Abuja — Moments after the meeting between the Senate President David Mark and the leadership of Academic Staff Union of Universities, ASUU, ended without any agreement on how to resolve the four-month old strike, the university lecturers immediately went into another crucial meeting with President Goodluck Jonathan.
The meeting with the President which kicked off at about 2:30pm had in attendance, President Goodluck Jonathan, Vice President Namadi Sambo, Secretary to the Government of the Federation, Anyim Pius Anyim, as well as Minister of Education and Labour, Nyesom Wike and Emeka Wogu.
The ASUU delegation comprised National President of ASUU, Dr Nasir Fagge and other executives of the union.
President of Nigerian Labour Congress, Mallam Abdulwaheed Omar was also in attendance.
While exchanging pleasantries with the ASUU delegation, President Jonathan said: "I hope this strike will end today. Our children have suffered enough. We must find a solution."
Earlier, at the end of their meeting, both ASUU and the Senate President did not agree to call off the strike after the union had presented its position before Senator Mark, although the union expressed optimism that the intervention of the Senate might bring a lasting solution to the crisis.
Speaking in an interview after a closed-door session with the Senate, ASUU President, Dr. Nasir Isa Fagge said the meeting was convened at the instance of the Senate and that after presenting their position, the union was waiting for the Senate's reaction to their position.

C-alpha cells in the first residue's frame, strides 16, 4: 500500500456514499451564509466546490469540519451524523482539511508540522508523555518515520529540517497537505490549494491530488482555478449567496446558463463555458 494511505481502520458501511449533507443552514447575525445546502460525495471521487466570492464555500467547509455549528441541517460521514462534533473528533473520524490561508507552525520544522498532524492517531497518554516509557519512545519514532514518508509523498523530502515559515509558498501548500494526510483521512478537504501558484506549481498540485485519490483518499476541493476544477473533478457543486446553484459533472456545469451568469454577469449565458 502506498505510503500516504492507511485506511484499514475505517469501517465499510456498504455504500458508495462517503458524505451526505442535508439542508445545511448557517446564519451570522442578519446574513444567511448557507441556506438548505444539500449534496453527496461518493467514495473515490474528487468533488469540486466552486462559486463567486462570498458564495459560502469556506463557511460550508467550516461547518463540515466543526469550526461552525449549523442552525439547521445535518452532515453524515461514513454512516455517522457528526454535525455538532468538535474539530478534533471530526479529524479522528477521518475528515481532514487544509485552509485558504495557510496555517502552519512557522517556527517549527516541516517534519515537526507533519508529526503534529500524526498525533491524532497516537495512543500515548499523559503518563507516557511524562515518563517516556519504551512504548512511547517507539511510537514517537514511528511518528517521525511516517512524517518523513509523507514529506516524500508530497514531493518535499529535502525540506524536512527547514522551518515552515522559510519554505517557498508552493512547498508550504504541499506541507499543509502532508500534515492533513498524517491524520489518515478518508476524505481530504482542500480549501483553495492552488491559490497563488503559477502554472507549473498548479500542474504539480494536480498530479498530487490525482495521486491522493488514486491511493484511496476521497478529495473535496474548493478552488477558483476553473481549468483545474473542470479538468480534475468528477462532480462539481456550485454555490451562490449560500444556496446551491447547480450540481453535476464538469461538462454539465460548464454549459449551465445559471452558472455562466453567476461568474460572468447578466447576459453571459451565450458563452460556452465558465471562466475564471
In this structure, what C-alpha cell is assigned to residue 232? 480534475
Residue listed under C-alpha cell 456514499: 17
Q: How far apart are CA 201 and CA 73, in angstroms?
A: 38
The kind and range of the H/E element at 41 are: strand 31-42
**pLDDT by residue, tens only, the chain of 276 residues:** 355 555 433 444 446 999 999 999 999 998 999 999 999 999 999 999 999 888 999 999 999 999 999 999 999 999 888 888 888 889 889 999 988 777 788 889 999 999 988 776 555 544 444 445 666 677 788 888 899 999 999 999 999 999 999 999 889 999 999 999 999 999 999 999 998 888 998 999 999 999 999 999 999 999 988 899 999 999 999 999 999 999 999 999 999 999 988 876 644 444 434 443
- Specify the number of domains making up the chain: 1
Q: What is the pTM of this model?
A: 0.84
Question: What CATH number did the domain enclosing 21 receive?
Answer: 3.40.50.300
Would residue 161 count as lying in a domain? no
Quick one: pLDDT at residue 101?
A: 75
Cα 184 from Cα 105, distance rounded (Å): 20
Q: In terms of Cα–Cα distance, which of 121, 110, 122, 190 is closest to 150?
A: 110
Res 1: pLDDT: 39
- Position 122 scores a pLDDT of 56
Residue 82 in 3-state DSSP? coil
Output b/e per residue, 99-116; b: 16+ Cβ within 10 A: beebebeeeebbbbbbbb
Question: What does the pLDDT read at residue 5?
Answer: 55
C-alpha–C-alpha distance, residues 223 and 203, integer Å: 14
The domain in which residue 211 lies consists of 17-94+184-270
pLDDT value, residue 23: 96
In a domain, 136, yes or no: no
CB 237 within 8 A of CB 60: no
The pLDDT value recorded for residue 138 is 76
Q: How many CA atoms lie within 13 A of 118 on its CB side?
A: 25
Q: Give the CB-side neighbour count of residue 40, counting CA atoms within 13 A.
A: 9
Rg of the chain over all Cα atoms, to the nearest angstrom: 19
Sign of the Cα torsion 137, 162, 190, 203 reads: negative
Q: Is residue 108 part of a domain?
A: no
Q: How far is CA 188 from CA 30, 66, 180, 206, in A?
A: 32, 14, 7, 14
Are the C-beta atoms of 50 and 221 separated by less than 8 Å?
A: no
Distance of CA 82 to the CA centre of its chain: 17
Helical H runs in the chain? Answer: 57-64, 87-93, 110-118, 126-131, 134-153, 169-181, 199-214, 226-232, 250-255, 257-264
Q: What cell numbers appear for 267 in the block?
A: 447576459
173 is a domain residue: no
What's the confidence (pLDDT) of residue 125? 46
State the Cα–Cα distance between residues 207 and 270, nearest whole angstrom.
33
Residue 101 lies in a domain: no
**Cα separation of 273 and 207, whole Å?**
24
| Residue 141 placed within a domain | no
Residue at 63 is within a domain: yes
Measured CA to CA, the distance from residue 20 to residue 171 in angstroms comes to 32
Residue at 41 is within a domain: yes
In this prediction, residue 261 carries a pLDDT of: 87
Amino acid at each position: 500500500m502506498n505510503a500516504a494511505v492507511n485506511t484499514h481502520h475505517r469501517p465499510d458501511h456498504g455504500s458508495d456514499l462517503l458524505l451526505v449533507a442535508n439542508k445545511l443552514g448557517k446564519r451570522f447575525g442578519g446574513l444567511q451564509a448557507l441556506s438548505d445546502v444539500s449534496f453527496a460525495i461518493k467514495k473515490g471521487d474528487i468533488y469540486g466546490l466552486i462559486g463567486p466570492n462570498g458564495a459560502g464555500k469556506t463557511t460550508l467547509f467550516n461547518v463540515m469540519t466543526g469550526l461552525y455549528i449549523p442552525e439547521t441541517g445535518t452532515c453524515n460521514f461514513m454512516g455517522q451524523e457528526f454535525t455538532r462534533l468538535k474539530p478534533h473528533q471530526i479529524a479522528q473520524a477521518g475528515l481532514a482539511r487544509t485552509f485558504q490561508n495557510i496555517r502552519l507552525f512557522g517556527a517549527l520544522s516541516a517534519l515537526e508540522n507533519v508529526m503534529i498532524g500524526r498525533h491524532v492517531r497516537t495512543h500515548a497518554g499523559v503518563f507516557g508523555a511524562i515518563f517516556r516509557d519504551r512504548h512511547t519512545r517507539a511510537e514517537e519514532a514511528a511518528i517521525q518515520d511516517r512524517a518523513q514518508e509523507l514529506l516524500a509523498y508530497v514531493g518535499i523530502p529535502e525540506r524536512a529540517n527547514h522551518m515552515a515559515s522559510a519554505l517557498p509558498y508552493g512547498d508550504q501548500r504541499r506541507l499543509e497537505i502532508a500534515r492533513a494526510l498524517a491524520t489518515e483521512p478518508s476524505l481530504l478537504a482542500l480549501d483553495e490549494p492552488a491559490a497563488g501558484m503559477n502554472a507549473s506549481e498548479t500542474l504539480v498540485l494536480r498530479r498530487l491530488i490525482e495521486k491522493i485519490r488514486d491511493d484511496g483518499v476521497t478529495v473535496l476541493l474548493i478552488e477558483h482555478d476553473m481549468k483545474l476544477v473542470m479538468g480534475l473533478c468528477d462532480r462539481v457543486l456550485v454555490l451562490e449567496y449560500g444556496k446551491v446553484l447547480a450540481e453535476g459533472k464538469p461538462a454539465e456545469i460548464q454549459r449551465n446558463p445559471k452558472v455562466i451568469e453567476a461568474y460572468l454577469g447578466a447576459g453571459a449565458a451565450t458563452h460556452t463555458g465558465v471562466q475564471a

When asked whether the closed door meeting was conclusive, Dr. Fagge whose answer was in the negative, however, said that the intervention by the Senate President was a welcome development to get the crisis sorted out for the universities to be re-opened and that the union was waiting for the outcome.
Senate President, David Mark said: "As you are aware, I have been mandated by the Senate to meet with you and the Federal Government to resolve this crisis as soon as possible so that the children will go back to the classrooms and I believe that is what you also want.
"So we are on the same wave length, just a matter of approach to get it right. I sympathise with your cause and I believe whatever can be done for you to go back to your work should be done and as quickly as possible.
"I think this is long overdue for us to sort out. So, the intervention as you may know, the Senate mandated me to talk to both ASUU and talk with Mr. President and that is precisely what am doing.
"At the end of the day, it is not how long we dragged this matter that is important but how soon we sort it out. We will sort it out so that there will be no winner, no loser.
"It is not a matter of ego, it is not a matter of who has an upper hand or who has won in this dispute. National interest is what is at stake. Our students have been out of classrooms for four months now and that is not in the best interest of anybody.
"We are not happy about it, the parents are not happy and the government is not happy. So if something is going on and we are not happy about it the proper thing is to have it resolved as quickly as possible."
ASUU President, Dr. Fagge said, "Members of ASUU are not just lecturers. We are also parents and also among us we have students who are pursuing post-graduate degrees so this strike directly affects us negatively."